• 26 November 2018 at 1:06 pm #

      Andy, please work through the course book! You will find the answer to that there.

      It’s an away game for Bayern and they are far less strong when playing away than when playing on home grounds. Therefore, the odds you calculated for O2.5 are probably right. Bayern Munich away games are always excellent examples where the bookmakers take huge advantage of the lack of knowledge to calculate probabilities by the majority of punters.

  11. 25 November 2018 at 12:19 pm #

    Anyone been able to get these tables to work on a mac?

    I tried numbers, google sheets but they both don’t work properly.

    Only other thing is if I get excel for mac.

    • 26 November 2018 at 1:03 pm #

      Hi Andrew, I’m sorry if you don’t get the tables to work on mac. Do you have anywhere where you have access to a PC?

      Alternatively, just print out the course book. The layout allows for double-sided printing and binding. To work through the course book you don’t necessarily require the Excel tables.

  12. 3 May 2018 at 9:42 am #

    Oh, another question popped up, this one seems more legit…

    I have noticed that the %CV values for over and under x goals are the same in Japan, Ireland, and Iceland for example.

    Yet in South-Korea and Sweden for example, they are different.

    am having trouble explaining that to myself. Can you shed some light on this?
    Thank you 🙂

    • 3 May 2018 at 9:53 am #

      Hi AM0751,

      the CV% should normally be the same for Over and Under as you see it in Japan, Ireland and Iceland for example.

      South Korea changed the format in 2014: from former 266 matches per annum it reduced to 228. Same applies to Sweden; it’s not as massive as in South Korea but there were two void matches in the five years of data.

      Therefore the uncertainty (deviation) in South Korea is much bigger than in Sweden; and these two have a higher uncertainty that the ‘regular’ leagues like Japan, Ireland and Iceland.

      I hope that makes sense.

      • 3 May 2018 at 7:43 pm #

        Thank you very much for your answer. I have one more question.

        On another page, right winger says that generally speaking, odds that have smaller yield (Value 2) than %CV values are candidates for lay bets.

        Can you maybe expand on that a bit more? Let me give you an example.

        For arguments sake, say we have a 75% chance on either over or under (zero odds).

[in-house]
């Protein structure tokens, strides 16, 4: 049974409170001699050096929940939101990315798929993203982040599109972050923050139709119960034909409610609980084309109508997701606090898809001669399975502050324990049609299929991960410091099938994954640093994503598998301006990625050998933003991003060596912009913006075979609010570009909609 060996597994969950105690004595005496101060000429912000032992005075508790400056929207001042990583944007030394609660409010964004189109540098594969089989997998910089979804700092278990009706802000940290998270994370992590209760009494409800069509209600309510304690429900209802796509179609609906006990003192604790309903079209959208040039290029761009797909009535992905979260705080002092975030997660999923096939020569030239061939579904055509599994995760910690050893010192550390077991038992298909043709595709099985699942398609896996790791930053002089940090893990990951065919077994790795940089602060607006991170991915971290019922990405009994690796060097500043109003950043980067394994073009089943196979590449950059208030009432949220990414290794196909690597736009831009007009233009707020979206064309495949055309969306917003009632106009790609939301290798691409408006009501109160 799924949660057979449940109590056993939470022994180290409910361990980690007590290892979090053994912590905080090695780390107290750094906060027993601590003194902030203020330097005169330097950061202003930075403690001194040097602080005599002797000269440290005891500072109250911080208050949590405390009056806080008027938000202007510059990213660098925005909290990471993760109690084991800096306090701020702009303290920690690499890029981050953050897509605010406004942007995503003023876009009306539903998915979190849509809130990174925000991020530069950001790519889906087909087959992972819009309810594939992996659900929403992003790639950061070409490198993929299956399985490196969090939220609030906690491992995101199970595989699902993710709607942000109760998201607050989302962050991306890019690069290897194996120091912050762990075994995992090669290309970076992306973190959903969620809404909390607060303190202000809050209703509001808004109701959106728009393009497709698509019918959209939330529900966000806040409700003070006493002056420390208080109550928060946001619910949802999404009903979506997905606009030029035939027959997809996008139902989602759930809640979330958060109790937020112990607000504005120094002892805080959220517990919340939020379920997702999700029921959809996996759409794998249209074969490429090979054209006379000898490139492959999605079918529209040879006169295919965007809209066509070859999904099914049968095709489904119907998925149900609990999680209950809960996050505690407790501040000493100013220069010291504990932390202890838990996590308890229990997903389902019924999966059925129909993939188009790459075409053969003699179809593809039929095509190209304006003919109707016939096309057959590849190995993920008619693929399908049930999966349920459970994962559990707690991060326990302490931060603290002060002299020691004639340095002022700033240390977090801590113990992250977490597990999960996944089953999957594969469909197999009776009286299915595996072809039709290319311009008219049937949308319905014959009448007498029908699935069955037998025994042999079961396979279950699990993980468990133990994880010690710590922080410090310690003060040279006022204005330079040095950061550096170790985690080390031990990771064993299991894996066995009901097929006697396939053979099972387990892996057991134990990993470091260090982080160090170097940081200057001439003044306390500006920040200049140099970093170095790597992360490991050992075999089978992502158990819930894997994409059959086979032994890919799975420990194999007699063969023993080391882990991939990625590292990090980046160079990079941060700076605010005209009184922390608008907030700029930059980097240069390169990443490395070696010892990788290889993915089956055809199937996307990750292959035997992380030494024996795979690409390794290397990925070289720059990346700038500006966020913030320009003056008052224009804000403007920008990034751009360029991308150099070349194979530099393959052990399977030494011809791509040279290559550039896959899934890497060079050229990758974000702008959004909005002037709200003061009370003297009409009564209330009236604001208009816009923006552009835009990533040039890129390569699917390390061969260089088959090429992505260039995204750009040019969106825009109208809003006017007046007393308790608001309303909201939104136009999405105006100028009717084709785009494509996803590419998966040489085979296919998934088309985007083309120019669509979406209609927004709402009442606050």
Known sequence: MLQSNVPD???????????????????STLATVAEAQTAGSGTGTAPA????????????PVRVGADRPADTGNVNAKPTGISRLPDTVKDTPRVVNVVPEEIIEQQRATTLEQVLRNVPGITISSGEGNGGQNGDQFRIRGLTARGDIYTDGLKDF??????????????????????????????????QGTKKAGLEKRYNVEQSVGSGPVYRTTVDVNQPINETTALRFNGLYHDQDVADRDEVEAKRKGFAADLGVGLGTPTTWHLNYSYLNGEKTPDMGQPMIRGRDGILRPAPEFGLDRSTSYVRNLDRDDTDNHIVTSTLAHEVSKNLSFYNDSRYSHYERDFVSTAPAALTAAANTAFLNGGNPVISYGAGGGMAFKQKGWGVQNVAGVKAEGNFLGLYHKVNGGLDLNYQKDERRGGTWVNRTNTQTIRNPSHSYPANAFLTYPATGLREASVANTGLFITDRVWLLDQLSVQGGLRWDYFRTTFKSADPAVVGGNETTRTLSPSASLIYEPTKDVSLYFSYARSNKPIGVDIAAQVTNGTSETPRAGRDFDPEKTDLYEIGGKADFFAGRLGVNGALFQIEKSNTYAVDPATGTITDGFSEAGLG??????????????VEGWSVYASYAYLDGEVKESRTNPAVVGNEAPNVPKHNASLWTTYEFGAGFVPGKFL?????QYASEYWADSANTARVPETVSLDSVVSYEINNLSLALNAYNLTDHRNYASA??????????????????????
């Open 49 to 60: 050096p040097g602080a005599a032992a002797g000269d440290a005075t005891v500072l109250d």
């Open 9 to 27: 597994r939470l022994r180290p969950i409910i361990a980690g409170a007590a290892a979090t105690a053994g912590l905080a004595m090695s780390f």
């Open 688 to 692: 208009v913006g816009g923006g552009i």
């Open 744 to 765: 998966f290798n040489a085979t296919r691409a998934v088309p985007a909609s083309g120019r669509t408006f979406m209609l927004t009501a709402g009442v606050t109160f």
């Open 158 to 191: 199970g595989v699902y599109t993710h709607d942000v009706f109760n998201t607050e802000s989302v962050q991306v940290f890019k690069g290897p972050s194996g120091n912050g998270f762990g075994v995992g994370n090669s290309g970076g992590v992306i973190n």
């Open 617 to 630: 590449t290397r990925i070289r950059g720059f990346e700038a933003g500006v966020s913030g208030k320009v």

Makes 1.33
        The %CV is 2%
        So fair odds are 1.3 to 1.37

        Do the lay candidates need to be below 1.3 to qualify?
        Or is a Value2 smaller than %CV already enough to have it qualify as a lay bet?

        I hope I make sense! Looking forward to your answer.

        • 4 May 2018 at 9:21 am #

          It really all depends on the strategy you’re following and it’s all about risk diversification. The problem with ‘zero odds’ is that it is very unlikely that the observed results of the forthcoming season will be exactly matching the ‘zero’ probability (the mean probability of the last 5 seasons). Even with using the standard deviation to calculate the expected (= most probable) range there is only a 95% confidence level that the results observed in reality will be within the expected range.

          Therefore, if ‘Lay’ or ‘Back’ within the range really depends on the strategy you’re following. It’s like throwing a dice… you’ve got there a 50/50 chance to have head or tails. That the distribution will be even 50/50 you will only observe, say, after you’ve thrown the dice ten thousands times. But if you only throw them 100 times (like you do in betting) then the observed distribution is likely to be uneven. It can be something like 55/45 or 45/55. Therefore, it really depends on your strategy if you decide to ‘lay’ heads or if you ‘back’ them during the 100 throws.

          Generally speaking, everything below the ‘zero’ odds is likely to be a lay candidate, everything above a back candidate. But I say ‘likely’ not ‘is’.

  13. 2 May 2018 at 9:30 am #

    Please disregard my last comment. I have been looking for an answer all over, and at the moment I decide to ask you about it, I see the comment below me addressed the exact same issue. Sorry about that, and have a nice day.

    • 2 May 2018 at 9:36 am #

      You too, have a nice day! I still replied to your comment as it was straight to the point and it will hopefully save other people’s time to search for an answer.

  14. 2 May 2018 at 9:25 am #

    Hello soccerwidow,

    A quick question.
    You mention zero odds here, but there is no mention here of deviation at all, while it is prominently mentioned in the course. Should that not be the “extra” final step?

    • 2 May 2018 at 9:35 am #

      Hi AM0751,

      this article is an abridged version (or call it, a subsequent example) from the course book. Problem is that the deviation part in the course book contains numerous pages; at least 16, to explain the whole concept in minute detail… No chance to be able to summarize that in a short article.